427 U.S. 246 (1976), 74-1542, Union Electric Co. v. Environmental Protection Agency

Docket Nº:No. 74-1542
Citation:427 U.S. 246, 96 S.Ct. 2518, 49 L.Ed.2d 474
Party Name:Union Electric Co. v. Environmental Protection Agency
Case Date:June 25, 1976
Court:United States Supreme Court
 
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Page 246

427 U.S. 246 (1976)

96 S.Ct. 2518, 49 L.Ed.2d 474

Union Electric Co.

v.

Environmental Protection Agency

No. 74-1542

United States Supreme Court

June 25, 1976

Argued January 21, 1976

CERTIORARI TO THE UNITED STATES COURT OF APPEALS

FOR THE EIGHTH CIRCUIT

Syllabus

Section 110(a)(1) of the Clean Air Act, as added by the 1970 Amendments to the Act, requires that each State formulate, subject to approval by the Administrator of the Environmental Protection Agency (EPA), an implementation plan providing for attainment of national ambient air quality standards, both primary standards (those necessary to protect the public health) and secondary standards (those necessary to protect the public welfare). Section 110(a)(2) provides that the Administrator "shall approve" the proposed plan if it has been adopted after public notice and hearing and meets eight specified criteria, including provisions for attaining the primary standards "as expeditiously as practicable but . . . in no case later than three years from the date of approval of such plan," and of the secondary standards within a "reasonable time," and provisions for such control measures "as may be necessary" to attain both the primary and secondary standards. Section 307(b)(1) of the Act provides that a petition for review of the Administrator's "action in approving. . . [the] implementation plan" may be filed in the appropriate United States court of appeals, and must be filed within 30 days from the date of such approval, or after such date if the petition is based on grounds arising after the 30th day. Petitioner electric utility company, whose coal-fired generating plants are subject to the sulfur dioxide restrictions in the Missouri implementation plan, did not seek review of the Administrator's approval of that plan within the required 30 days, but, rather, applied to the state and county agencies for, and received, one-year variances. At a time when petitioner was seeking extension of these variances, the Administrator notified it that sulfur dioxide emissions from its plants were violating the Missouri plan. Thereupon petitioner filed a petition for review of the Administrator's approval of the plan, claiming that various economic and technological difficulties had arisen more than 30 days after the approval, making compliance with the emission limitations impossible. The Court of Appeals dismissed the petition for lack of jurisdiction, [96 S.Ct. 2521] holding that only

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matters which, if known to the Administrator at the time he approved the state plan, would justify setting aside the approval are properly reviewable after the 30-day period, and that, since claims of economic and technological infeasibility, such as petitioner was asserting here, could not properly justify the Administrator's rejection of a plan, such claims could not serve at any time as the basis for a court's overturning a plan.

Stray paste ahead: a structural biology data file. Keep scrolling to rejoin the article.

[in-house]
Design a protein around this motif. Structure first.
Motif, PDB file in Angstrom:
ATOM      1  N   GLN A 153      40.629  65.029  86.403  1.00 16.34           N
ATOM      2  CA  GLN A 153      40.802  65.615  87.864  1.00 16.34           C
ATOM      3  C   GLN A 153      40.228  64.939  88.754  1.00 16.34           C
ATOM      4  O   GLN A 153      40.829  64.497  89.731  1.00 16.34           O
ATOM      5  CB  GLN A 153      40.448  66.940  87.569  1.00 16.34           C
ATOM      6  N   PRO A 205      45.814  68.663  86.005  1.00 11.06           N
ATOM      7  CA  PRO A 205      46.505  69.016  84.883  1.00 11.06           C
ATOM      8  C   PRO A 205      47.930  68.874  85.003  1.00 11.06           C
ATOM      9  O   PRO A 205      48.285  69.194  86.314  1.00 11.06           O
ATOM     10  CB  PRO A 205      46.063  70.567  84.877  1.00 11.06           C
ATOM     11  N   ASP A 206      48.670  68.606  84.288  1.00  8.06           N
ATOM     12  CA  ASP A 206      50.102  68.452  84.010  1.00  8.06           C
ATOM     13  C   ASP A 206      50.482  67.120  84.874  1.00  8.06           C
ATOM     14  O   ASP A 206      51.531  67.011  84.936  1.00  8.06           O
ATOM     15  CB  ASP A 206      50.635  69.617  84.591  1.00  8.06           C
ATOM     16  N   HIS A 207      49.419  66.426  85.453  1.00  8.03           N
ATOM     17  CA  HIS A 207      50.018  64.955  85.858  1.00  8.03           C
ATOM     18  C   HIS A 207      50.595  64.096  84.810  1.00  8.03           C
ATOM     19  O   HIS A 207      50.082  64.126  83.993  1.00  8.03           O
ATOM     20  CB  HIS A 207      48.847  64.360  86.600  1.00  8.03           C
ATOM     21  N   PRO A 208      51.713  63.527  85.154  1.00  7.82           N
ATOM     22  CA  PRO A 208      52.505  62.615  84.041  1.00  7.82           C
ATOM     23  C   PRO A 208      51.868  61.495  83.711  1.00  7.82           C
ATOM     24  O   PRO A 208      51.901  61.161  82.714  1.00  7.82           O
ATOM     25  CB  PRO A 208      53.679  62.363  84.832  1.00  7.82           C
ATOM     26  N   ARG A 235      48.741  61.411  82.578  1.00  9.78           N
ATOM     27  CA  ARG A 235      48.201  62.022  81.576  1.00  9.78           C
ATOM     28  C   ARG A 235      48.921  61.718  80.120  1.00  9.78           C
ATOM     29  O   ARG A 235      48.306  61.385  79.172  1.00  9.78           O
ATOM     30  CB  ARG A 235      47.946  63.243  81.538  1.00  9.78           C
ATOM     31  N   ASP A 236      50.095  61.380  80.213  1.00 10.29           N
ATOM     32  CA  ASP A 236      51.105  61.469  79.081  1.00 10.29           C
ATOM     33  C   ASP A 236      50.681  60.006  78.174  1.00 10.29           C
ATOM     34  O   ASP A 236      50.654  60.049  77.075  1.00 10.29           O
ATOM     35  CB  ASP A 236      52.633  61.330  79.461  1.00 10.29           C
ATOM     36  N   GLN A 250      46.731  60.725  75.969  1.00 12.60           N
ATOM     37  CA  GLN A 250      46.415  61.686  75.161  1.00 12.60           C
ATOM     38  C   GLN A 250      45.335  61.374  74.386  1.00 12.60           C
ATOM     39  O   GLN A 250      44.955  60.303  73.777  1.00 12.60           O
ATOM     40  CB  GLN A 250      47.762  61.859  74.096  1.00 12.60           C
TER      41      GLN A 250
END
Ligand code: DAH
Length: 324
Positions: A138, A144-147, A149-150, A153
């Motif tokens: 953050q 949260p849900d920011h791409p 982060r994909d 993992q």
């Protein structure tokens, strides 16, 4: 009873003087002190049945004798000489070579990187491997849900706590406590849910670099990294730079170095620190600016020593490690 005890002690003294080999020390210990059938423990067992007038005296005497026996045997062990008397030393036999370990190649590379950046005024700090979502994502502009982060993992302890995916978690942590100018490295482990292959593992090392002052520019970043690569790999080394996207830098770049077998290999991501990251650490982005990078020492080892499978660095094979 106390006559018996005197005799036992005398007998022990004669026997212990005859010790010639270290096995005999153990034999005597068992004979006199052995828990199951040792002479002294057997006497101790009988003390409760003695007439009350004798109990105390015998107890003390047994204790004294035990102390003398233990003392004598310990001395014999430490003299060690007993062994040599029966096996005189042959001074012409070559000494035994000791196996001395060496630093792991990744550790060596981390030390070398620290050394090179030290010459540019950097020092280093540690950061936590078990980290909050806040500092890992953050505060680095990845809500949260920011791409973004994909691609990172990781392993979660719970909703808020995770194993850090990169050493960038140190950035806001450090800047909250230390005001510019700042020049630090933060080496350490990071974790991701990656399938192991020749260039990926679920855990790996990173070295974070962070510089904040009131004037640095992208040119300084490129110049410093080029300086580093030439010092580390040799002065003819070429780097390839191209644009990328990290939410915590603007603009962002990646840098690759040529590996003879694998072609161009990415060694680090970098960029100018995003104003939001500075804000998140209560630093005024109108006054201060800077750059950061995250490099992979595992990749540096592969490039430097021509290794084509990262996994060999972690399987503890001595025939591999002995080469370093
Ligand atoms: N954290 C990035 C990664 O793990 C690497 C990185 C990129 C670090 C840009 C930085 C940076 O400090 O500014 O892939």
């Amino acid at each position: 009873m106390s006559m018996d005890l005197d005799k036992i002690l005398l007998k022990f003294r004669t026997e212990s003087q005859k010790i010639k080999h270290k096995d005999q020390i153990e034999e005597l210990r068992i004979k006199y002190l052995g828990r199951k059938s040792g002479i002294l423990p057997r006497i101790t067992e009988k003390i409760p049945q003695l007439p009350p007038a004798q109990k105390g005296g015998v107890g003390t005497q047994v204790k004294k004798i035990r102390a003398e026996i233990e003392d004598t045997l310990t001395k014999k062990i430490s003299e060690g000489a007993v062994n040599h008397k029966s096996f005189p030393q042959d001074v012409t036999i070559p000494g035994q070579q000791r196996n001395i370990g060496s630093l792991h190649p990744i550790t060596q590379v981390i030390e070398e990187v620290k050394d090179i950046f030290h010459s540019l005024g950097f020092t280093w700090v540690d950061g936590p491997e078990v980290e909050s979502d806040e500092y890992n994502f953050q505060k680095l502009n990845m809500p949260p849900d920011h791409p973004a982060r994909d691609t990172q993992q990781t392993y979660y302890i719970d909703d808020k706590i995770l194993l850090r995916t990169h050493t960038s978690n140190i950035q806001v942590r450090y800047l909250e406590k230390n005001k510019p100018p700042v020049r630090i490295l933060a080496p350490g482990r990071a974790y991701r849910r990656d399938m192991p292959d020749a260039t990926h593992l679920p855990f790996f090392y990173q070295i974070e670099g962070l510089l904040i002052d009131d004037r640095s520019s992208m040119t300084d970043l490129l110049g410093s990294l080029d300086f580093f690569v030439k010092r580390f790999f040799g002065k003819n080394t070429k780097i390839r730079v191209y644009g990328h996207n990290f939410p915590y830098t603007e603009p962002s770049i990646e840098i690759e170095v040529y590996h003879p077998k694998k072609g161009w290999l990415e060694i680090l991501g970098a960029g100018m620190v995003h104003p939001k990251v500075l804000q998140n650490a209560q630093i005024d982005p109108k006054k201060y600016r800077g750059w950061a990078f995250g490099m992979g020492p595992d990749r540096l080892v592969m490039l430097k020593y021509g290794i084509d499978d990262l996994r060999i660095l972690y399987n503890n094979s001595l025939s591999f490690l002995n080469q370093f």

Held:

1. Since, regardless of when a petition for review is filed under § 307(b)(1), the court is limited to reviewing "the Administrator's action in approving . . . [the] implementation plan," if new "grounds" are alleged, they must be such that, had they been known at the time the plan was presented to the Administrator for approval, it would have been an abuse of discretion for him to approve the plan. A contrary holding would shift a substantial responsibility in administering the Act from the Administrator and the state agencies to the federal courts. Pp. 255-256.

2. Since both the language of the relevant provisions of the Clean Air Amendments of 1970, especially § 110(a)(2), and their legislative history make it clear that Congress intended that grounds of economic and technological infeasibility be deemed wholly foreign to the Administrator's consideration of a state implementation plan, a court of appeals reviewing an approved plan under § 307(b)(1) cannot set it aside on such grounds, no matter when they are raised. Pp. 256-269.

(a) The mandatory "shall" in the provision of § 110(a)(2) that the Administrator "shall approve" an implementation plan if it satisfies the eight specified criteria, clearly indicates that the Administrator is not to be concerned with factors other than those specified, none of which appears to permit consideration of economic or technological infeasibility. P. 257.

(b) The criterion of § 110(a)(2) that the primary air quality standards be met "as expeditiously as practicable but . . . in no case later than three years," does not require consideration of claims of economic and technological infeasibility, but, as both the language and legislative history of that criterion make clear, it was intended that the Administrator must approve a plan that provides for attainment of the primary standards in three years even if attainment does not appear possible, the three-year deadline being central to the regulatory scheme of technology forcing. Pp. 257-260.